Partner: UNT Libraries
open access

Le tableau parlant: comédie-parade, en un acte et en vers

Description: This is a 1773 printed copy of the libretto of "Le tableau parlant" (The talking picture), a one-act comic opera by M. Anseaume, set to music by Grétry. The opera was staged for the first time by the troupe of Italian actors of King Louis XV, on Wednesday, September 20, 1769. The back of the t.p. lists the names of the original actors who performed the characters of the opera at its premier: Isabelle (Madame Trial), [Jean-Louis Laruette] (Cassandre, Isabelle's tutor), [Madame Laruette (Colombine, Isabelle's lady-in-waiting), M. Trial (Léandre, Cassandra's nephew, who is in love with Isabelle), and [[Jean-Baptiste Clairval] (Léandre's valet). The final scene is a vaudeville sung by all of the characters. The music of the vaudeville is included at the end on pp. [45-48]. The library's copy of the libretto is bound with the libretto of Jean François Marmontel's comic opera "La fausse magie."
Date: 1773
Creator: Anseaume, M. (Louis), 1721-1784
Partner: UNT Libraries Special Collections

Panurge dans l'Isle des Lanternes : comédie lirique en trois actes

Description: Panurge, like Colinette à la cour, features recitative, rather than spoken dialogue. In his memoirs, Grétry recognized Panurge for being the first comic opera to enjoy a successful run at the Opéra, and he saw it as a turning point for this theater, which traditionally presented serious plots (Grétry, Memoires; ou, Essais sur la musique, 377). The overture to Panurge was featured on concerts in the nineteenth century, and although the opera eventually disappeared from the repertoire, its long stint was noted as late as 1866, by which time it was no longer being performed (Crozet, Revue de la musique dramatique en France, 275-76).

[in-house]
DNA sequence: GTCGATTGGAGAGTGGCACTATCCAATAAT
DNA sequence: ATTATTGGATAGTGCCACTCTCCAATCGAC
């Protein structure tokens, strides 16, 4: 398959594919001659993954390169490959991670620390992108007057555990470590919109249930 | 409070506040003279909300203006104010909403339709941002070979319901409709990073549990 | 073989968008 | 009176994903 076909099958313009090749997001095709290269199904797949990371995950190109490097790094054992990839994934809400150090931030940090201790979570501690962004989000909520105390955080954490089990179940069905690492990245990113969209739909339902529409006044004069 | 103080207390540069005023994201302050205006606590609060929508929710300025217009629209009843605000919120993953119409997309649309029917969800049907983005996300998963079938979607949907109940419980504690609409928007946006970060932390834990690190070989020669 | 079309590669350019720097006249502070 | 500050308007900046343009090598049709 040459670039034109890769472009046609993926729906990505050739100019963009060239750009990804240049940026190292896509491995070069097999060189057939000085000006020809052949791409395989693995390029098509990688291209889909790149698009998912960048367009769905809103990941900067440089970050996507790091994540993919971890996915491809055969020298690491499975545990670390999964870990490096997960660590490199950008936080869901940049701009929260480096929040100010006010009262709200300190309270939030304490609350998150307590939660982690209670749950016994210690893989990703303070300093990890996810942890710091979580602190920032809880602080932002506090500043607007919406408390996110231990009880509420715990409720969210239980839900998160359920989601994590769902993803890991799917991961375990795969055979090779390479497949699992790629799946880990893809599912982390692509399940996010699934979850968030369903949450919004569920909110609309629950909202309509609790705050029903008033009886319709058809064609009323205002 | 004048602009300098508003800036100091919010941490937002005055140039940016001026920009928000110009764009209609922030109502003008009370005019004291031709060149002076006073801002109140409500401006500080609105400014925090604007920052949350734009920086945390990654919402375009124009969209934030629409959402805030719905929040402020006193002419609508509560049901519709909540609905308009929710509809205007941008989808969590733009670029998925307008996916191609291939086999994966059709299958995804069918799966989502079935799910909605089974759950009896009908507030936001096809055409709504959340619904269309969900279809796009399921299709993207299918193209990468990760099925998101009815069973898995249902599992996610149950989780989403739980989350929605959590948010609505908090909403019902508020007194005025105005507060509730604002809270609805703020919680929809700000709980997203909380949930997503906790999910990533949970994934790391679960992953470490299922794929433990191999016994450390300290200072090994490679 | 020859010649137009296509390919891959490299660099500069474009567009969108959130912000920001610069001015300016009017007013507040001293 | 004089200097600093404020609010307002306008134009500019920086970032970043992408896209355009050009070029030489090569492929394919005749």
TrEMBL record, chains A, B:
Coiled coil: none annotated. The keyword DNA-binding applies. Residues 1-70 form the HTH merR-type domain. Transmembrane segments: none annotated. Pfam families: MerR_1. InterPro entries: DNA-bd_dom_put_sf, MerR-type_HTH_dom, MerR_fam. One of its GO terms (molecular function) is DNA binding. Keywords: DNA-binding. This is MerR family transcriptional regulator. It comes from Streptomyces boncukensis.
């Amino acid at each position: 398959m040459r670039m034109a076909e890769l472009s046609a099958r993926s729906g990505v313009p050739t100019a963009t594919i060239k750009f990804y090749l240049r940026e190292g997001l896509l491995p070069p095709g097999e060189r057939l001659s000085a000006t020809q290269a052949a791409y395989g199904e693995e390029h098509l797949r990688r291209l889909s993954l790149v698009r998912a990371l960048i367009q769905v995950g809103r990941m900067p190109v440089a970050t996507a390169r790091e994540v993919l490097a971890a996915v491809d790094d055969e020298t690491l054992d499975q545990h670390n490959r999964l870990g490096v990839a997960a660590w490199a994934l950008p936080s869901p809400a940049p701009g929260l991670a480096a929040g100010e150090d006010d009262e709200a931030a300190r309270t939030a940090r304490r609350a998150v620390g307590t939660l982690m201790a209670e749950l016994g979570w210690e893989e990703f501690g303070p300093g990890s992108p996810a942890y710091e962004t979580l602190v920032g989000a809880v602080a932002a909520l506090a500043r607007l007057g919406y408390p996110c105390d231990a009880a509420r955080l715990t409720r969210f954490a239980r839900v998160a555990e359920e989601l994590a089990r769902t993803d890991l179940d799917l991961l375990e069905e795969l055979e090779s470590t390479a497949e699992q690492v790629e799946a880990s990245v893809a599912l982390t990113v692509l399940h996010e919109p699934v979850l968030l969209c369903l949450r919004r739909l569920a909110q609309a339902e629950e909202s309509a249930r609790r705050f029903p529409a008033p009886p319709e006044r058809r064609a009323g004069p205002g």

Date: 1785
Creator: Grétry, André Ernest Modeste, 1741-1813 & Morel de Chédeville, Etienne, 1747-1814
Partner: UNT Music Library

Épreuve villageoise : opéra bouffon en deux actes en vers

Description: L’épreuve villageoise started out as Théodore et Paulin before Grétry convinced Desforges to rewrite the libretto. The original three-act opera was reduced to two acts, and the improbabilities of the original plot were reworked. Théodore et Paulin received one performance at Versailles on 5 March 1784, but it was never published. L’épreuve villageoise appeared at the Comédie-Italienne on 24 June 1784. This revision remained one of the most popular of Grétry’s opéra-comiques, receiving performances throughout the nineteenth century.
Date: 1784
Creator: Grétry, André Ernest Modeste, 1741-1813 & Desforges, M. (Pierre-Jean-Baptiste), 1746-1806
Partner: UNT Music Library

Colinette à la cour ou La double épreuve : comédie lyrique en trois actes

Description: A comparison of the scores for Colinette à la cour and Barbe-bleue illustrates the primary distinguishing factor between the genres of comédie lyrique and opera comique: the method of dialogue delivery. In Paris, the issue of genre was tied to the performance venue of a particular opera, due to government regulations. Although comic opera was traditionally presented with spoken dialogue, as in opera comique, when Grétry composed for the Opéra, where recitative was expected, he merged comic subject matter with the sung dialogue heard in serious opera.
Date: 1782
Creator: Grétry, André Ernest Modeste, 1741-1813 & Lourdet de Santerre, Jean Baptiste, 1732-1815
Partner: UNT Music Library